Awakening to Freedom
Awakening or to awake means “to wake up; to be or make alert or watchful” (Webster 23). This is what Edna Pontellier experienced in The Awakening.
There has been some discussion over the appropriateness of the ending to this story. Was it appropriate for Edna to commit suicide? Yes, this story of Edna Pontellier, including the ending, is appropriate to what a woman probably would have felt like if she were in that time feeling what Edna was feeling.
Edna committed suicide because there was no other way out. She did not fit into society. Her thoughts and emotions were not the same as the thoughts and emotions of the other women of this time. Edna committed suicide so that she could be reborn in a time that she would be excepted as she was.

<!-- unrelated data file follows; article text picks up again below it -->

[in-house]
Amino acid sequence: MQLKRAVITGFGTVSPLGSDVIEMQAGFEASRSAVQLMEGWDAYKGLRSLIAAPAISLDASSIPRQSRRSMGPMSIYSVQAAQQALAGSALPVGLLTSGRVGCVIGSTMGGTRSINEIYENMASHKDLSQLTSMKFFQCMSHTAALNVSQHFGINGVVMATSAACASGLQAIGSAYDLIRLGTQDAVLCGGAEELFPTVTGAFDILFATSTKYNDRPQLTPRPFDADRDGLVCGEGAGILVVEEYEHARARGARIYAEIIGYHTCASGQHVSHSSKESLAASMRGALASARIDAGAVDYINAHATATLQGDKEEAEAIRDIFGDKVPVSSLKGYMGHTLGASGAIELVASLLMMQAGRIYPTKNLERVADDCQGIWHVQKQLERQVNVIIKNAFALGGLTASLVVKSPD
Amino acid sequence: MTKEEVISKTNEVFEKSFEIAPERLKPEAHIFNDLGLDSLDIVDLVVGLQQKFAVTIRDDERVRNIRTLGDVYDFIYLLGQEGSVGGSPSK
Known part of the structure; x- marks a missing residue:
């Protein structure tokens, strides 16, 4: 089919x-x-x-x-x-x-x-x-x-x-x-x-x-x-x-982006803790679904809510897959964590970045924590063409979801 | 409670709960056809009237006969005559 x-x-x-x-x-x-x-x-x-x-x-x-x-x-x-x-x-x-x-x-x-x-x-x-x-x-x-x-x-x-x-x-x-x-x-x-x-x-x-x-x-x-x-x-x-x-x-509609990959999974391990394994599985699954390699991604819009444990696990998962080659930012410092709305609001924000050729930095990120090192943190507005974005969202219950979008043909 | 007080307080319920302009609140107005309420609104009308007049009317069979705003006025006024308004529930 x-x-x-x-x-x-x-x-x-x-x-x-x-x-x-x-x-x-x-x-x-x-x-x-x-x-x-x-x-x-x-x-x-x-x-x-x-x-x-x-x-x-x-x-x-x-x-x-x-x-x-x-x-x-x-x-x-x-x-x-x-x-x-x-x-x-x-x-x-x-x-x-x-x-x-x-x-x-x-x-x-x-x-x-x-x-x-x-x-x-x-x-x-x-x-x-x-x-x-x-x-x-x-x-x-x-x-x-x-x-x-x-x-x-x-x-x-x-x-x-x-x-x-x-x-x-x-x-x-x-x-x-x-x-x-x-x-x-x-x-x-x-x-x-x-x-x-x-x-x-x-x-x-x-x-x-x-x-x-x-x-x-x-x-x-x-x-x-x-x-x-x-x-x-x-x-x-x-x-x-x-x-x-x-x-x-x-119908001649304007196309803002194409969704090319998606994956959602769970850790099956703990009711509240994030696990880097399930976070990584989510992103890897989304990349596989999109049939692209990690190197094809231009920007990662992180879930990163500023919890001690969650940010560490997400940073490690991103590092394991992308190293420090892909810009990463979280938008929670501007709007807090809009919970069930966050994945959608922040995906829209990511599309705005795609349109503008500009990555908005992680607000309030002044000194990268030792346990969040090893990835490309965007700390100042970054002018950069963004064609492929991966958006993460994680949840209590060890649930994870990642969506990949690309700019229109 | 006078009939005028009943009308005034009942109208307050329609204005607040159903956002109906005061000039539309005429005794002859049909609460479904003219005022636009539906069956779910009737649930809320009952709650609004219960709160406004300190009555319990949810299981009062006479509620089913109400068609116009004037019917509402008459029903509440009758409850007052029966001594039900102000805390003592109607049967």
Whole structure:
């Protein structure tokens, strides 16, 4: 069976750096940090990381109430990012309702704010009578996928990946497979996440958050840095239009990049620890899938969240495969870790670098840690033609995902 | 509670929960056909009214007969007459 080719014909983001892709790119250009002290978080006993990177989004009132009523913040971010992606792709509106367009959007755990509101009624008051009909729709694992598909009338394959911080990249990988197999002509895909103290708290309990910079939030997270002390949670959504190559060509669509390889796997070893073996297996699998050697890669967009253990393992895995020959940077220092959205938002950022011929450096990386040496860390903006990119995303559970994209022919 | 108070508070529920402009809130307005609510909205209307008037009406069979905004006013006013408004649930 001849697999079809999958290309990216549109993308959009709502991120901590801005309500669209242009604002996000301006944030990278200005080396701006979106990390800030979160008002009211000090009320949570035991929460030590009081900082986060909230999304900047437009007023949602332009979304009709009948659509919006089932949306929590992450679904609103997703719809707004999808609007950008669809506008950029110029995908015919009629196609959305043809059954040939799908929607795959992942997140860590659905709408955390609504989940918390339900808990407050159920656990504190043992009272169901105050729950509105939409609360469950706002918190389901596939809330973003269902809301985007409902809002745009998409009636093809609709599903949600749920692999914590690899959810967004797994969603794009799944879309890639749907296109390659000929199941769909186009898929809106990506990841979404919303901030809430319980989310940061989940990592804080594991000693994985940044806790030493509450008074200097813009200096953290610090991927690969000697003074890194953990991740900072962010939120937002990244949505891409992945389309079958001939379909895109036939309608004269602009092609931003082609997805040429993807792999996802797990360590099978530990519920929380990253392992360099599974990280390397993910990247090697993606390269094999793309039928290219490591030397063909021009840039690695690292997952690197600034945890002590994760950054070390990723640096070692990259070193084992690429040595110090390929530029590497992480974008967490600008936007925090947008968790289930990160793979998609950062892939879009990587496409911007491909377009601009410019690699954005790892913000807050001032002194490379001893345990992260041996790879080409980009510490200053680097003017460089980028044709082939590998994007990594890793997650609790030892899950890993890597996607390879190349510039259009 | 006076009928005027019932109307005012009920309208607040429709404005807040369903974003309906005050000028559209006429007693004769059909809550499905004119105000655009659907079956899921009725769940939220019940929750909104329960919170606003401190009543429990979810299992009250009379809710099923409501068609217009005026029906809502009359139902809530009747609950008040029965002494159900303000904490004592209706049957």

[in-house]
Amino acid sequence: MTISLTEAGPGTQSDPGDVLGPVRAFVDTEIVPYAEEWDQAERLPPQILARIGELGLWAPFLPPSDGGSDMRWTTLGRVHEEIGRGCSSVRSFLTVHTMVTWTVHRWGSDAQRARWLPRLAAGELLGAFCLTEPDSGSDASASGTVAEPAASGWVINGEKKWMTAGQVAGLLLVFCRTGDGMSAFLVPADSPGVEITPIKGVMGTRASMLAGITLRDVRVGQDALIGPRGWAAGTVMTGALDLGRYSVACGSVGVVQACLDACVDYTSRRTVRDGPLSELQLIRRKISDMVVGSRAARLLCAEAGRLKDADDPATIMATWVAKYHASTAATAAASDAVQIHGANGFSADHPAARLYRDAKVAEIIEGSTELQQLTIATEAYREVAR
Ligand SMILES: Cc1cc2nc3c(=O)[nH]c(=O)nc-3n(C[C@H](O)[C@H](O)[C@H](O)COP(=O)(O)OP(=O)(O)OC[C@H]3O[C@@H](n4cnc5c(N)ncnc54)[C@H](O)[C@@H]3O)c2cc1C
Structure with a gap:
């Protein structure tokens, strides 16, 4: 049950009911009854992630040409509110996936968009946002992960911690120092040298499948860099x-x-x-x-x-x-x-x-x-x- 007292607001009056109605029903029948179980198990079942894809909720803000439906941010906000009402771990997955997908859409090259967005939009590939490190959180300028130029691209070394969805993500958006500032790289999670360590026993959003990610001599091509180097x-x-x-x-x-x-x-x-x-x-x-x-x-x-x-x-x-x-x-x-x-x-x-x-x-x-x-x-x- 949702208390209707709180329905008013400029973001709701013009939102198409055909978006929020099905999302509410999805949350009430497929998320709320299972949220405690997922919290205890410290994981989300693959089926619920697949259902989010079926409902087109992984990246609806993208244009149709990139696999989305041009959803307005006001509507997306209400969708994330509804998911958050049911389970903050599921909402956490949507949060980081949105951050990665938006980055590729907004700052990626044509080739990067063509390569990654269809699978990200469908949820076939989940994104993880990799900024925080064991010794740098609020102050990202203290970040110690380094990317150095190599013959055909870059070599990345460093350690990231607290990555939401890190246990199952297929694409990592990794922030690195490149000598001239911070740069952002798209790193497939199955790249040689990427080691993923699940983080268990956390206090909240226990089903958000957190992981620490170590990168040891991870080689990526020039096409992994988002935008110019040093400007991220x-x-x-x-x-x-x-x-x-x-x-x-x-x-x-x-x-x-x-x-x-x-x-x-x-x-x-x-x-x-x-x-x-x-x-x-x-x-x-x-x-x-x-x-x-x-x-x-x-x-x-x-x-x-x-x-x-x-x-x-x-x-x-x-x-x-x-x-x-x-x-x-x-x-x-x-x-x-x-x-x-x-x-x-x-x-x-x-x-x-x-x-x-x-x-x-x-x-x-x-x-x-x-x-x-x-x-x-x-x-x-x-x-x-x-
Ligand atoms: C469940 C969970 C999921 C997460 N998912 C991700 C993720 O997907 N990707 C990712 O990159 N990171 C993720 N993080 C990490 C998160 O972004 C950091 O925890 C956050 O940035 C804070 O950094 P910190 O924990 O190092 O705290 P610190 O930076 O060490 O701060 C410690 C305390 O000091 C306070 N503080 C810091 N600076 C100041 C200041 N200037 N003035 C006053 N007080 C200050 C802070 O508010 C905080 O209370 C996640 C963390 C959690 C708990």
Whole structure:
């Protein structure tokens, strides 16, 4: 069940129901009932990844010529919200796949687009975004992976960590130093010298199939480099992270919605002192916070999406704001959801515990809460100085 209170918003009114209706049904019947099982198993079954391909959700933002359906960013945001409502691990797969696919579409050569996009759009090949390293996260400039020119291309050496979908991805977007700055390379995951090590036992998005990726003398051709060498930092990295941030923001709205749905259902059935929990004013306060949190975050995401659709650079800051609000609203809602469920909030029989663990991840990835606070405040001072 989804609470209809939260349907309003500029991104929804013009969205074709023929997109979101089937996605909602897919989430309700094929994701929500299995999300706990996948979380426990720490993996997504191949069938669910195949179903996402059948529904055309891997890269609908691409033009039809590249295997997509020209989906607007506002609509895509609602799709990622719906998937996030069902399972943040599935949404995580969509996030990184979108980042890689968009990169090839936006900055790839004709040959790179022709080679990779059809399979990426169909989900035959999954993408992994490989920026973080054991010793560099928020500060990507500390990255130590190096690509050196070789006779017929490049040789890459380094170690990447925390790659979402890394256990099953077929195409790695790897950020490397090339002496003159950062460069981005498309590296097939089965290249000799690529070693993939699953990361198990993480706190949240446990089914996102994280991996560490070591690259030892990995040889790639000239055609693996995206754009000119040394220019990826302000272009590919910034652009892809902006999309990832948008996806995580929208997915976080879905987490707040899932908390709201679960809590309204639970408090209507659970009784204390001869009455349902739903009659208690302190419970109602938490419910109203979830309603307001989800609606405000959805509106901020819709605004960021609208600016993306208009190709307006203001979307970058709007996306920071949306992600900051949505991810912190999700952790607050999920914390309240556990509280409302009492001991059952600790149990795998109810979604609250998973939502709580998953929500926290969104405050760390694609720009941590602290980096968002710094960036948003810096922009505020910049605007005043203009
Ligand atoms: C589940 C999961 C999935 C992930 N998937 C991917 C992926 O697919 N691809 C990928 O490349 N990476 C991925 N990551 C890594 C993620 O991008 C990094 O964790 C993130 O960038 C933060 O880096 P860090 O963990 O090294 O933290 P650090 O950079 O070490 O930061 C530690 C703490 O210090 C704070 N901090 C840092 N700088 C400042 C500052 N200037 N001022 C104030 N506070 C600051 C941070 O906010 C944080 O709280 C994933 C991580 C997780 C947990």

Edna was ahead of her time. She wanted a life for herself. She didn’t want her husband or her children to establish it for her. “I would give up the unessential; I would give my money, I would give my life for my children; but I wouldn’t give myself” (Chopin 573). This is not something that a women of her time would have thought about. The children always came first.
As Edna began to break away from the normal aspects of life in her time, she became more open to the world around her. “Mrs. Pontellier was beginning to realize her position in the universe as a human being, and to recognize her relations as an individual to the world within and about her” (547). She looked at and heard things as if for the first time. “The very first chords which Mademoiselle Reisz struck upon the piano sent a keen tremor down Mrs. Pontellier’s spinal column” (556). She decided that she would move out of her house with her husband and children and would...